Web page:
A reputation. In many cases they’re easy to build and in most cases they're much harder to shake.
A reputation is an opinion others have formed about an individual based on past actions. When those actions are positive, favorable reputations are built. When they’re negative, that individual becomes Johnny Manziel.
Manziel’s reputation caught up with him this weekend as reports of his early departure from the Manning Passing Academy were quickly followed by speculation that he was asked to leave the camp. Apparently a wild Friday night rendered him tardy Saturday afternoon.
Since the release of the first reports the story has been massaged into something much different by both the Manziel and Manning camps. But that doesn’t erase the flurry of stories that came out initially, ultimately fueled by the persona Manziel has built for himself over time.
For all intents and purposes, Braxton Miller should be Johnny Manziel. Both play for large schools (OSU and Texas A&M are in the top 5 in the US in terms of enrollment), both are the same age (Braxton is 6 days older than Johnny Football), both exhibit incredibly rare football talent and both are on-campus celebrities.
Yet the two couldn’t be more different. Google Johnny Manziel and you’re served a litany of party photos. Google Braxton Miller and the craziest photo you’ll find is No. 5 with a blonde Mohawk (RIP 2013-2013).
That’s because Braxton is a rarity in sports; a star player who prefers to stay out of the spotlight. The Manziel’s of the world are a dime-a-dozen, but Miller is unique. It’s not something he’s trying to do, it’s just who he is.
This from WR Philly Brown last season:
“He's a quiet person in general.”
This from strength coach Mickey Marotti in an interview with Bruce Feldman:
“He was just so laid-back. I had to learn patience with him. I have ants in my pants. I'm used to quarterbacks -- Jarious Jackson, Brady Quinn, Chris Leak, Tim Tebow -- they're all workout guys. With him, he was just so laid-back, it was like 'whoa, whoa, whoa,' I wasn't used to that. That's his personality.”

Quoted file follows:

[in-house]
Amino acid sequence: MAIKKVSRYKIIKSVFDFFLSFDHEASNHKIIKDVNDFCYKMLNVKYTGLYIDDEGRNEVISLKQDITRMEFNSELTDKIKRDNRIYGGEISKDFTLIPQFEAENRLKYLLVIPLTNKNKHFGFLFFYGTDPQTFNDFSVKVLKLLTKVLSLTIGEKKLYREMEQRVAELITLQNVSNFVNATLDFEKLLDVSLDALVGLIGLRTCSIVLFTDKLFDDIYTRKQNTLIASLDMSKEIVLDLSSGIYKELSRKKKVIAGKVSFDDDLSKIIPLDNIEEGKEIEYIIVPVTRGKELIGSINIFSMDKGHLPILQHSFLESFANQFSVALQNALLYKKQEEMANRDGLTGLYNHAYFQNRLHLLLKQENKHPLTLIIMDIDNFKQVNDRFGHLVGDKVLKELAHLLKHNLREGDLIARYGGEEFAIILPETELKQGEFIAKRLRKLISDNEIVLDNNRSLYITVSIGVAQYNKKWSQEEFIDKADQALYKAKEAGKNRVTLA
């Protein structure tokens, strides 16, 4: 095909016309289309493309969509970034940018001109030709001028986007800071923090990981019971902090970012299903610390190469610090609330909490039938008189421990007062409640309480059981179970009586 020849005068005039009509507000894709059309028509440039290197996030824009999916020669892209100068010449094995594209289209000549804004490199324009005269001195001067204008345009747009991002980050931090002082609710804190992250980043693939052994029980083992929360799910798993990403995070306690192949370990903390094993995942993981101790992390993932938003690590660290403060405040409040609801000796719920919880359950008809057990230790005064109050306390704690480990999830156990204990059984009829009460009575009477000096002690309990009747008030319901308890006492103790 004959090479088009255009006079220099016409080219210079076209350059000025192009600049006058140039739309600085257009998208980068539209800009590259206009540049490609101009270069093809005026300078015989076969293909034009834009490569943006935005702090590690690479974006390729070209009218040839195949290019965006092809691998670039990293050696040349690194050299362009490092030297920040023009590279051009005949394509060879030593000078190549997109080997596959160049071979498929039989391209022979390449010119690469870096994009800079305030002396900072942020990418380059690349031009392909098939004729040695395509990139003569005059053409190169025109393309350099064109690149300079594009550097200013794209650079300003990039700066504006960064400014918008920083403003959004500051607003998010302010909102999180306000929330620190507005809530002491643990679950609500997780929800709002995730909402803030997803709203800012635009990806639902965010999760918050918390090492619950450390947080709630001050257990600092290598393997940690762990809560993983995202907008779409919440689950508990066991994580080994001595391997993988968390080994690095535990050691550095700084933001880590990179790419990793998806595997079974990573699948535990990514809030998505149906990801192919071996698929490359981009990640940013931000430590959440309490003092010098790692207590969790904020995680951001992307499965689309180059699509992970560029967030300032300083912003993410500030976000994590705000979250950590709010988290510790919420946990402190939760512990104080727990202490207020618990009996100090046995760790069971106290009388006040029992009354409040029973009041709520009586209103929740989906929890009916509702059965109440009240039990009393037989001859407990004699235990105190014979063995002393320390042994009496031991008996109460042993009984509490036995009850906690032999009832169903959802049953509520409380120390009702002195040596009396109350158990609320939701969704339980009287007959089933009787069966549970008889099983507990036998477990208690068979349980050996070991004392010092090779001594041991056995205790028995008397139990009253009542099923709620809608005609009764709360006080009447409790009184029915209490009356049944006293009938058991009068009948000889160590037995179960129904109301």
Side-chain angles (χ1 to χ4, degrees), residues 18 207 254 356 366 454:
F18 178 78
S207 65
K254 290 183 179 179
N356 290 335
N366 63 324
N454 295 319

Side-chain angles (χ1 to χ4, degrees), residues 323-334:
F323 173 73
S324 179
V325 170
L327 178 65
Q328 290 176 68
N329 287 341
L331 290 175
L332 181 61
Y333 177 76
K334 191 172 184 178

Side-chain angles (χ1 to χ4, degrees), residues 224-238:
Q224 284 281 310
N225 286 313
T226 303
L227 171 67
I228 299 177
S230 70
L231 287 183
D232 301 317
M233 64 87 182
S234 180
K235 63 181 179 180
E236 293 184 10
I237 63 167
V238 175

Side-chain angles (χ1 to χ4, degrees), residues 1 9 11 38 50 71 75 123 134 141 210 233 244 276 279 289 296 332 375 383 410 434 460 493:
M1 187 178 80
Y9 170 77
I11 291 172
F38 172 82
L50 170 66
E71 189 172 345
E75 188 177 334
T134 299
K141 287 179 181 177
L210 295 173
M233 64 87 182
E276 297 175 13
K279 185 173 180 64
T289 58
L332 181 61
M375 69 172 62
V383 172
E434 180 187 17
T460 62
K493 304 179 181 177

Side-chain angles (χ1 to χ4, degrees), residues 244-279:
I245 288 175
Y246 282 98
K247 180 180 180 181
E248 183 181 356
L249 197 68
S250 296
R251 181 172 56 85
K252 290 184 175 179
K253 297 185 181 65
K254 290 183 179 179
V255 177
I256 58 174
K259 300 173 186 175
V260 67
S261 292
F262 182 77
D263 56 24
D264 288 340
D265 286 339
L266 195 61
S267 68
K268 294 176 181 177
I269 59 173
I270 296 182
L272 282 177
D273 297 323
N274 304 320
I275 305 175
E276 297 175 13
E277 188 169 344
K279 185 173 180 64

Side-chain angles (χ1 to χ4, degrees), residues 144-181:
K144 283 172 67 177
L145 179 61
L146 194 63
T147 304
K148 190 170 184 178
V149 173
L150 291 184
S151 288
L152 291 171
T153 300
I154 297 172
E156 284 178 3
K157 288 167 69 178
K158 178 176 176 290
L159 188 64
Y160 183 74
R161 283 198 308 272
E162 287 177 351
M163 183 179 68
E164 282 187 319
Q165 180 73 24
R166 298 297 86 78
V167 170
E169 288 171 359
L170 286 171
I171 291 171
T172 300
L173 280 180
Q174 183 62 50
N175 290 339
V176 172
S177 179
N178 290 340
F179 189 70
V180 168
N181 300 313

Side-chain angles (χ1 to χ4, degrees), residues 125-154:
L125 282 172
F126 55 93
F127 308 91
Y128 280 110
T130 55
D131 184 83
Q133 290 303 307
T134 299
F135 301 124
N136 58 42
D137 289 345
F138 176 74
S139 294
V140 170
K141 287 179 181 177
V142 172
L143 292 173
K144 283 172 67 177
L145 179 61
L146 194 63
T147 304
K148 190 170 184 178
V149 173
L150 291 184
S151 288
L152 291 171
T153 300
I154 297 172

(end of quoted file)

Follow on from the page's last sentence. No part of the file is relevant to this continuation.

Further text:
And this from offensive coordinator Tom Herman:
“He’s the best player on the football field, and you wouldn’t know if he was walking next to you in the hallway. It’s a first for me, having his unique persona.”
The personality trait that sets Miller apart is the same force that drove him to ditch the mohawk just days after unveiling it. When asked why he left the 'do in the dust he said, "I don't know if that was me."
That’s because Miller simply doesn’t like to draw attention to himself, a trait he nearly exhibited to a fault in his first season. This from Corey Linsly on Braxton in the huddle during his freshman season:
“He had a hard time at first. He kept all his feelings inside. He didn’t say much to get us going.”
While some of that pensiveness undoubtedly originated from Miller’s standing as a true-freshman on the squad. Ample evidence seems to suggest that’s just Braxton doing Braxton.
With that said, the coaching staff believes they can cultivate a big-man-on-campus persona for Miller on the field while allowing him to maintain his low-key personality off of it.
One such tool for achieving that end are Meyer’s leadership meetings. The weekly sessions are held for a select group of Buckeye players and feature leaders coach Meyer respects. The end goal is to teach said players how to lead by example and in-turn, demand the same effort from teammates.
Miller has been a member of these sessions and they seem to be paying off. Herman had this to say about Miller’s progression as a vocal leader.
"If Braxton was a one on a scale of one to 10 when I got here, then maybe he finished the season around a four and maybe he finished spring ball around a six. The cool thing with him is he can be a 12."
Quotes like that coupled with reports from Spring ball of Miller grabbing teammates by the collar and telling them to step up their game while also getting into the face of Noah Spence, seem to suggest something is brewing within Braxton. The hope is that "something" is what will allow Miller to accept the spotlight and lead every Saturday, while still maintaining his humble demeanor.
The good news is Braxton has fostered an incredibly positive reputation on AND off the field. If Meyer and company can get him to accept and even embrace the role his abilities have garnered him, Braxton will be remembered as a Buckeye great. Nothing more, and certainly nothing less.
That’s exactly how No. 5 wants it.